Villages tie school woes to board

Six associations sign letter calling for election by districts

`There's a disconnect'

Move to support bill follows concerns over academic problems

November 18, 1999|By Erika Niedowski | Erika Niedowski,SUN STAFF

Academic and image problems facing some of Columbia's older schools may be tied to a lack of representation on the Howard County school board, says a village leader lobbying to change the way the board is elected.

Tonight, Joshua Feldmesser plans to present state legislators a letter signed by six of Columbia's 10 community associations supporting a bill that would authorize single-district school board elections.

The five members of the school board, none of whom lives east of U.S. 29, are elected countywide.

Under the bill, members would represent particular districts and be selected by that district's voters -- a move the school board strongly opposes.

"At the size the county is right now, the school board doesn't think of any individual schools -- any individual communities -- as their constituents," Feldmesser, the Wilde Lake Village Board chairman, said yesterday. "And, in turn, we as constituents don't see a representative that we can go to on school issues. There's a disconnect between the school board and the residents in the community."

At issue are concerns over lagging academic performance at some of Columbia's older schools, the concentration of minority students in some of those schools and the disparity in technology, textbooks and teacher quality between older and newer schools.

Feldmesser said he believes that those issues, among others, would be better addressed with single-district school board members.

The village boards of Dorsey's Search, Harper's Choice, Oakland Mills, Owen Brown, Town Center and Wilde Lake have signed the letter, Feldmesser said.

The Long Reach board supports school board districts, but intends to draft its own letter.

Passage of the proposed bill, which Del. Frank S. Turner, an east Columbia Democrat, plans to introduce in the next General Assembly session, is questionable because two of the county's three state senators have expressed doubts about it.

The county delegation will hear testimony on proposed legislation at 7: 30 tonight at the George Howard Building in Ellicott City.

The Columbia Council, the 10-member elected body that governs the Columbia Association, is in the midst of a debate over what role it should play in the education arena.

The association's draft budget includes $100,000 for improvements at county schools, but a two-member task force has recommended against using the funds for that purpose.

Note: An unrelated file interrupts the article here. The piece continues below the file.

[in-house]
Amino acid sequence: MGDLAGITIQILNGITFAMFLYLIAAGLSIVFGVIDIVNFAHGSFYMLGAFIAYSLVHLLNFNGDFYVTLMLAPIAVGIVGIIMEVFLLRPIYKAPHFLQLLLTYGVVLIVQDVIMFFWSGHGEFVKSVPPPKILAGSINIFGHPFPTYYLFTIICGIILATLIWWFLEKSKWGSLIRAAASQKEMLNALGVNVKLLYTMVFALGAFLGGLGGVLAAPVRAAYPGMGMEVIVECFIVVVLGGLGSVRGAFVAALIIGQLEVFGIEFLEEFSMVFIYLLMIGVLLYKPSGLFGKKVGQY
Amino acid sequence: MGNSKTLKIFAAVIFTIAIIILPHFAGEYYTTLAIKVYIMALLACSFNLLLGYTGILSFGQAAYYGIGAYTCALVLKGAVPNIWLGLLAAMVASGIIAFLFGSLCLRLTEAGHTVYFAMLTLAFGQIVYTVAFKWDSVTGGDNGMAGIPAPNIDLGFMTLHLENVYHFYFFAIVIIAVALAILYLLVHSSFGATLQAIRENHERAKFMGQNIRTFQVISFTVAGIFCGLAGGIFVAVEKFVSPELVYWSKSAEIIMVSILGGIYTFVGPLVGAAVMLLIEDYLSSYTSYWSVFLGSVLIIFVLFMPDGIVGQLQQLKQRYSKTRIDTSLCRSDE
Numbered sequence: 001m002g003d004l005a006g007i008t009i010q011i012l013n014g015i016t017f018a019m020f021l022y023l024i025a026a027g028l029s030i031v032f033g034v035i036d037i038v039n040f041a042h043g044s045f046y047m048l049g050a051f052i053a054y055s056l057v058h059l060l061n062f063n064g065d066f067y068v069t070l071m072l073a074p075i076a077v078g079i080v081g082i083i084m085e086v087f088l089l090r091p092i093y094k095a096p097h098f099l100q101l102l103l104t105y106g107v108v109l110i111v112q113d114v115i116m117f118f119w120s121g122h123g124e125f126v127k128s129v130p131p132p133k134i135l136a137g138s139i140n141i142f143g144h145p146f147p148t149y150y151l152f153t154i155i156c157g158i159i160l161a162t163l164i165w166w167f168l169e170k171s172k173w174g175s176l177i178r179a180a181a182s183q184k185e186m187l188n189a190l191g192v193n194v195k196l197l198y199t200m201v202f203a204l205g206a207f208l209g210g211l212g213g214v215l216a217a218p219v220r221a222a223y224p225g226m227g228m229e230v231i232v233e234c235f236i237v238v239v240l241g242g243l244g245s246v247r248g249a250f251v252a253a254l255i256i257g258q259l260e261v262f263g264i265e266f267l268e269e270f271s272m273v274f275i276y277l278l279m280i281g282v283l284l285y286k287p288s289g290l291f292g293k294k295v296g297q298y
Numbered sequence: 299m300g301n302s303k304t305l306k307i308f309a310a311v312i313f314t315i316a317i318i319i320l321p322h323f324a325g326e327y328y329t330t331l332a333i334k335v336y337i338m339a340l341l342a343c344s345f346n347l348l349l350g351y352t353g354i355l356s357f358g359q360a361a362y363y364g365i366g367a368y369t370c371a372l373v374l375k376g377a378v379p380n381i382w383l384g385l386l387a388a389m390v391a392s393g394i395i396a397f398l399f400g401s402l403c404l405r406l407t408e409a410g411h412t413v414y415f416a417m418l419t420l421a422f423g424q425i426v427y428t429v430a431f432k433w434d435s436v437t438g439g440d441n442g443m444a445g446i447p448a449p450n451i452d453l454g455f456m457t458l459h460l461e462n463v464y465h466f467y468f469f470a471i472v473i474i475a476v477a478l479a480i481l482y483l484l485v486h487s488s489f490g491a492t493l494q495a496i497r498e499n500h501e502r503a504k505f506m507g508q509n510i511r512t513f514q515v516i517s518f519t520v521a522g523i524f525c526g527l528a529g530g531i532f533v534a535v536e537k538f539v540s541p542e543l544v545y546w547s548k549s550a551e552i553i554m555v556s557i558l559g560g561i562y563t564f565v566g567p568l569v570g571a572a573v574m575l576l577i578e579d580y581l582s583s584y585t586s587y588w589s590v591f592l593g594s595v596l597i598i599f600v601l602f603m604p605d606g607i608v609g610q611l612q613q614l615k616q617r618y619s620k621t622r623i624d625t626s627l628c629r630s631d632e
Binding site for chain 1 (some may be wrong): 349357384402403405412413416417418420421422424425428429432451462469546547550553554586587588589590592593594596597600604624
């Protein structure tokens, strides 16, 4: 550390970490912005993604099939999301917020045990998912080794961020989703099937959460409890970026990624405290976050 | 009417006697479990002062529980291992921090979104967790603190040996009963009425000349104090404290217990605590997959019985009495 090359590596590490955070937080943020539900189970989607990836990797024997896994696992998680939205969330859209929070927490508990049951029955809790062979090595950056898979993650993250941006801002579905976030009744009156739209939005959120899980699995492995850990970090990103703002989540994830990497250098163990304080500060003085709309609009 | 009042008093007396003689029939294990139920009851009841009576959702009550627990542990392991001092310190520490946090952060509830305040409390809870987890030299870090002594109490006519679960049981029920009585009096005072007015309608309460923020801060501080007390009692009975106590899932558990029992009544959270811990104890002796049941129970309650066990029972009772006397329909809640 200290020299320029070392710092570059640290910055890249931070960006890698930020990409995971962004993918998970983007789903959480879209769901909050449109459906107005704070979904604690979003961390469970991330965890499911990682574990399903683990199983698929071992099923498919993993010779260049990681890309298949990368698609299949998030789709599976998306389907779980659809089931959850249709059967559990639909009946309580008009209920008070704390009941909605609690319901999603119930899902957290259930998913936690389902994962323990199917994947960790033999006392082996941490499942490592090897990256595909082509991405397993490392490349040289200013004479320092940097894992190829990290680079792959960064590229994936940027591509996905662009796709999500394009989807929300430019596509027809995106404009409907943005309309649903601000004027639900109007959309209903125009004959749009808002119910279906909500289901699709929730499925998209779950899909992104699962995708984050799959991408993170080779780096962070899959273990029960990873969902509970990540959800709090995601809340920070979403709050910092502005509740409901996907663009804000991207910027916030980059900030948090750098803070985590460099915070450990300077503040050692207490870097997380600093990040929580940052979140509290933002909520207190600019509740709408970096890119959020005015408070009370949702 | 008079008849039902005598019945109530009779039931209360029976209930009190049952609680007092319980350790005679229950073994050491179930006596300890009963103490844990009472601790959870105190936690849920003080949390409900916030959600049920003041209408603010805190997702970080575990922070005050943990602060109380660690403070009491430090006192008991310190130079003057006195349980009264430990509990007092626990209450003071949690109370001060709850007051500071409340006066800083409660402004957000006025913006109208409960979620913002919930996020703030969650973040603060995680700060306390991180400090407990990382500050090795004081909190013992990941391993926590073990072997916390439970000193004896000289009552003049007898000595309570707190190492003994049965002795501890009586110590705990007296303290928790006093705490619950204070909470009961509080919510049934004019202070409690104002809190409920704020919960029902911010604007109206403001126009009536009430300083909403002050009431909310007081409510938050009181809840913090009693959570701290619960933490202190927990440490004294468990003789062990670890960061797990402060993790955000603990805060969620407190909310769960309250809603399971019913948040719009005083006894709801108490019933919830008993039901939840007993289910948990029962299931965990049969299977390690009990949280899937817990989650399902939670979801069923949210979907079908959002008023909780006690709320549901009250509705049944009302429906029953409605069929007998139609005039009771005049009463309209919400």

It has recommended creating a citizens' task force on education instead.

The council has yet to take up school board districts, but Earl Jones, Oakland Mills' representative on the council, supports the idea.

"I don't think that we have been fully represented, particularly here in Columbia, and that we are getting our fair share," he said. "With this, at least you would be in a position to hold someone accountable that is directly affected and is directly a part of the community of which we're speaking."

In addition to signing Feldmesser's letter, the Oakland Mills board voted to draft a separate letter to Turner addressing specific village concerns on education.

Armed with voting data and colorful maps, Feldmesser has made a presentation to every village board except River Hill.

He contended that east and west Columbia -- and parts of southern Howard County -- did not support the incumbent school board members at the ballot box.

"The people they're voting for are not getting into office," he said.

Feldmesser said the result is five school board members elected by voters in other parts of the county.

"Literally, if you would highlight the precincts that they won, all five maps look exactly the same," he said.

In Hickory Ridge, the board voted against signing Feldmesser's letter, in part because of concerns about politicizing the school board, said Jane Parrish, the village manager.

Kings Contrivance also declined to sign.

School Board Chairwoman Karen B. Campbell has called Turner's proposal a "bad idea."

Another board member, Sandra H. French, said she is worried it could lead to a fractured, parochial board.

Columbia Association President Deborah O. McCarty said the school problem should be looked at as a whole -- not a "piecemeal basis."

"I really don't have a strong sense of [school board districts] at this point," McCarty said. "It may be a perfectly good proposal. [But] my hope is that we're going to look at everything."

"I think there are good points and bad points," said Cecilia Januszkiewicz, Long Reach's council representative, who originally proposed that the Columbia Association include $500,000 in its draft budget for county schools.

"I think clearly the eastern part of the county is not well-represented on the school board. I'm concerned, however, that people not break down into this regionalization. We're one county. So I really don't know how I feel this plays out in the end."

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